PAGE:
“You’ve confronted climate change, addressed social and economic equality, and advocated for more open and inclusive immigration policies,” he said. “On our own campus in recent months, you’ve demonstrated resilience in the face of a building fire, spoken out on behalf of workers, and worked to promote a more inclusive campus environment. Please take that energy and drive with you wherever you go.”
The honorary degree recipients took turns delivering brief, impactful talks that got to the heart of their advice to The New School’s graduating class.
Speaking on behalf of Michael Gellert, Kate Gellert recalled the year, May 21, 1938, when her father’s family made the decision to leave their home in Prague for the United States.
“The Germans had marched into Austria and the consequences of what that meant started to become clear. Three years later, in 1941, my father and his family all arrived safely here in the United States and set about creating their new lives,” she said. “The first step on that path was education. ‘Education is the foundation of everything.’ That simple statement was said by my father on the 80th anniversary of the University in Exile, the origin of today’s New School.”
Ligon urged The New School’s 2018 graduating class to consider “how you will you use your gifts and who will you leave them for,” Vergara encouraged them to “pursue failure with all your heart and soul,” and Lublin requested that they “stay weird and be amazing.”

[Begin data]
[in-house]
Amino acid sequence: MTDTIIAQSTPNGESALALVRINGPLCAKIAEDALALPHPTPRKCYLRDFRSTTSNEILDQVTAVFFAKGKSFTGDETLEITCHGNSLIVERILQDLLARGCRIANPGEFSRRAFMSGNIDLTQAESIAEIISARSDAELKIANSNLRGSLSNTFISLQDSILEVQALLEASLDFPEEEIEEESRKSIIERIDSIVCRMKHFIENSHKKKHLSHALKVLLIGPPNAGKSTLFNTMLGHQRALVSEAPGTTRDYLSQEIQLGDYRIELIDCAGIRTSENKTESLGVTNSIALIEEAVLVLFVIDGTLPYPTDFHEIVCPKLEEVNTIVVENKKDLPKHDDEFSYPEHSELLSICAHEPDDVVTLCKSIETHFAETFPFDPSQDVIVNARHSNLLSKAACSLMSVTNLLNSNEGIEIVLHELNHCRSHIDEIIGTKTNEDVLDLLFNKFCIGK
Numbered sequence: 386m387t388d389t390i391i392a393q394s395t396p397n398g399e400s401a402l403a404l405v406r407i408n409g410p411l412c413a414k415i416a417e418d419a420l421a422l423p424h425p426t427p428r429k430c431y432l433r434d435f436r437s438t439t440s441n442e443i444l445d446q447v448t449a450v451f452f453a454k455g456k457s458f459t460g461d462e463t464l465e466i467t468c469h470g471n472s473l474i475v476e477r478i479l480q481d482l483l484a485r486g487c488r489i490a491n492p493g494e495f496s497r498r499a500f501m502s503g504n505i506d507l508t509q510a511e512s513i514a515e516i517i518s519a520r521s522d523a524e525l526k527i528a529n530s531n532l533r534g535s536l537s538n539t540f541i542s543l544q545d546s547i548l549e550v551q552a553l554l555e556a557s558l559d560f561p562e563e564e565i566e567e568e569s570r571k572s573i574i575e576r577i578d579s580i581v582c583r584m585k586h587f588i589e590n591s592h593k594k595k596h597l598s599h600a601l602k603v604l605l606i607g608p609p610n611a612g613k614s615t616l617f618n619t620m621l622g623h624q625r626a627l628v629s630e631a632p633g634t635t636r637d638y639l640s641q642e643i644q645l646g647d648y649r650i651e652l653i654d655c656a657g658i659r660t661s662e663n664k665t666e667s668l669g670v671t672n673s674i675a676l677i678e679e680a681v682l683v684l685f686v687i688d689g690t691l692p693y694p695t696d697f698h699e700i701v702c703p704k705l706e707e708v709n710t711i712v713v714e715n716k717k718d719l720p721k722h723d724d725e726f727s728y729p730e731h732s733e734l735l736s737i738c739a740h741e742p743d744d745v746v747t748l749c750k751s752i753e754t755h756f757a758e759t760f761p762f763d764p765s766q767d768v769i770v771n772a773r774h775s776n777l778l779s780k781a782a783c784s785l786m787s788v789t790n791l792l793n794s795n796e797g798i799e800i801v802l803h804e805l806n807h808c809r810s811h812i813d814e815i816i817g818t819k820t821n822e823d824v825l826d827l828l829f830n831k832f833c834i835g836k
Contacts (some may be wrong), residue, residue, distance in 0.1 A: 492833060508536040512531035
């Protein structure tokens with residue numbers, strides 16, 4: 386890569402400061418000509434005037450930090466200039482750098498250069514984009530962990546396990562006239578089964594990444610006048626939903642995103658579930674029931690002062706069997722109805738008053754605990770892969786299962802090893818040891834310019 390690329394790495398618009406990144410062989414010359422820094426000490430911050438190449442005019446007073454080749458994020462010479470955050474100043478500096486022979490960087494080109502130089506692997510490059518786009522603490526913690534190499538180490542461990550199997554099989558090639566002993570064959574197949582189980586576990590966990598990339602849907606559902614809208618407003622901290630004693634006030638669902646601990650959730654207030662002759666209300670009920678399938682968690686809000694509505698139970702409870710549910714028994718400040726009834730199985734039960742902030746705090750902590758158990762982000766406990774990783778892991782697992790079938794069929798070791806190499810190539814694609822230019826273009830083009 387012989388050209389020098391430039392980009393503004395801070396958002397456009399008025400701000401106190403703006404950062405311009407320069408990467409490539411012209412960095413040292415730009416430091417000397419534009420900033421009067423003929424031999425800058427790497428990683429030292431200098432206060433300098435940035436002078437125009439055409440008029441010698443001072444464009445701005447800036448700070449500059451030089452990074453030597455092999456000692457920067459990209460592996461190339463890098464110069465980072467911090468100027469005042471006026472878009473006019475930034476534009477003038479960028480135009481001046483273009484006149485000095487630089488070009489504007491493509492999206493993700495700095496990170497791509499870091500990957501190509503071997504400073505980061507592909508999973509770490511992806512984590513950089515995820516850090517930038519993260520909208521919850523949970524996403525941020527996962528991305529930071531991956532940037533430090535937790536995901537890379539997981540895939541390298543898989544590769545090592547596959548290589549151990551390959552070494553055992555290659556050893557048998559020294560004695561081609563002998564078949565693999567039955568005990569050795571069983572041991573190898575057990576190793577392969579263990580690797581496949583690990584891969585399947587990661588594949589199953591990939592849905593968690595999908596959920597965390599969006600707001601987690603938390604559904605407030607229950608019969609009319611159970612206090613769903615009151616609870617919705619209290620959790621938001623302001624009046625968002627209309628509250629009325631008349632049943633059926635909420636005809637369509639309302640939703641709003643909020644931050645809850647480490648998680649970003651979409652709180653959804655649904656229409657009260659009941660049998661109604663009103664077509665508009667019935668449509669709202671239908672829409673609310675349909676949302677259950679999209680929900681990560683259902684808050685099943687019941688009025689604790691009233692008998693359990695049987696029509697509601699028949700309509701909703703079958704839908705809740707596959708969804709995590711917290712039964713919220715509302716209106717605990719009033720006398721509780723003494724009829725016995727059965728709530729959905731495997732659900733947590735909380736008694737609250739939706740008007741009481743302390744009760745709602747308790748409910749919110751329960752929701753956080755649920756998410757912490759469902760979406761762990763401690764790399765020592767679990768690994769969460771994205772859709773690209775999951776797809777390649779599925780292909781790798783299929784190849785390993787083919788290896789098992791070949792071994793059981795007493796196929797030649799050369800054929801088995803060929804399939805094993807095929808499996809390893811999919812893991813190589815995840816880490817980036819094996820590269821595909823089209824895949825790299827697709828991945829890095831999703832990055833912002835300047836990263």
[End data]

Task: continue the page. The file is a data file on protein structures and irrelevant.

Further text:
Als, who took classes at The New School in French art and literature of the 19th century and a survey course in Chinese art as a young man (“now that I’m old,” he said, “Madonna and P. Diddy old”), credited the university for setting him down the path to becoming one of the most respected critics of his generation.
“When I found The New School is when I began to find myself,” he said.
Als’ also praised his New School education for expanding his capacity for critical thinking — a hallmark of the university’s educational approach.
“What I come away with from my time at The New School and all my studies is a deeper understanding of nuance,” he said. “Just now, we live in a world of absolutes, of sharp divisions between the good and the bad, and some of that is warranted, God knows … But we can’t make up for that rageous literalness and cowardice of one party by discounting what we thinkers and makers are especially good at: finding and unearthing the complications of human experience.”
Student Commencement speaker, Yin Ling Wu, BAFA, Theater and Integrated Design 2018, showed that The New School’s 2018 graduating class had preemptively followed Als’ advice.
“Our strength is that we confront the contradictions of the world today, we invite the problematic,” she said, praising her classmates for working on behalf of labor rights and, with the help of the university, creating a space for people of color on campus.